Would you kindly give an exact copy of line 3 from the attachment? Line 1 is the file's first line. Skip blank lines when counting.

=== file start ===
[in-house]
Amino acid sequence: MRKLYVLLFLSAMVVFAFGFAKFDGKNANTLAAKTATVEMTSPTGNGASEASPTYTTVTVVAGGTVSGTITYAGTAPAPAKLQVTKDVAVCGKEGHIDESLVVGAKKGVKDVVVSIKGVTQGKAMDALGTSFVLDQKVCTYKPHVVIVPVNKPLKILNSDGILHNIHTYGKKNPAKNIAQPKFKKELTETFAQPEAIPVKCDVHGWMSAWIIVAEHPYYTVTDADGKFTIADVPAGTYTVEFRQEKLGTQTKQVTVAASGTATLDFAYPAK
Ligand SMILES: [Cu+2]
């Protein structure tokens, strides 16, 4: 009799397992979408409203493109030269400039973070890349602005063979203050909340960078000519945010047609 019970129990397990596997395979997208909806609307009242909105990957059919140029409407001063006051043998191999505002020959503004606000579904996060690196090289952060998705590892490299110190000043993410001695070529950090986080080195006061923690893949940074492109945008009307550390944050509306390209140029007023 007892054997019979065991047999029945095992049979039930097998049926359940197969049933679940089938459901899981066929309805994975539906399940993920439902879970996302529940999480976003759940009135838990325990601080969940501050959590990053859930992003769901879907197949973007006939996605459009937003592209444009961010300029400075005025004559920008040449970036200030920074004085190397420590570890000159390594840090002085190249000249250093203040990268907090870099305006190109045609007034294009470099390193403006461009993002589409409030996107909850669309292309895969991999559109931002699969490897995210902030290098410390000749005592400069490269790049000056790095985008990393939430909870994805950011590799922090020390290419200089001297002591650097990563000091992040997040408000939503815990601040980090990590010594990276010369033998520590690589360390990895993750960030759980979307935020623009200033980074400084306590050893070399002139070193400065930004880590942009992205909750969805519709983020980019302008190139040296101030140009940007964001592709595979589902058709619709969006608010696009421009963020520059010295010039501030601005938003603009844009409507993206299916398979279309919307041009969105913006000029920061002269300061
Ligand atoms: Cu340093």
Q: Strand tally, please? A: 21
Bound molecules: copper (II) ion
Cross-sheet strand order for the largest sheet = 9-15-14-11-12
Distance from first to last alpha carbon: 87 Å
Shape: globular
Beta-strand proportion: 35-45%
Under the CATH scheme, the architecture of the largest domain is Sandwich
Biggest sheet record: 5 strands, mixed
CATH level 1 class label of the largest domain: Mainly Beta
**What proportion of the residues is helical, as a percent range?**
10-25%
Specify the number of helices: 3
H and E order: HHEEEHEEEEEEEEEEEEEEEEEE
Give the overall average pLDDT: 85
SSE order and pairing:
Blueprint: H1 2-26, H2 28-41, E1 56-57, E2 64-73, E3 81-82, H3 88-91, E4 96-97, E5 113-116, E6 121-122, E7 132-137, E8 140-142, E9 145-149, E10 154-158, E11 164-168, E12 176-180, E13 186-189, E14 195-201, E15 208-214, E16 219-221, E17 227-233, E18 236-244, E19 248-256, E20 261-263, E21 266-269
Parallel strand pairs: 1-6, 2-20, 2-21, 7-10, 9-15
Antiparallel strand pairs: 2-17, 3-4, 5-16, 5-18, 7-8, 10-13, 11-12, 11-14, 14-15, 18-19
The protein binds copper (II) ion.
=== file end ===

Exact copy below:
Ligand SMILES: [Cu+2]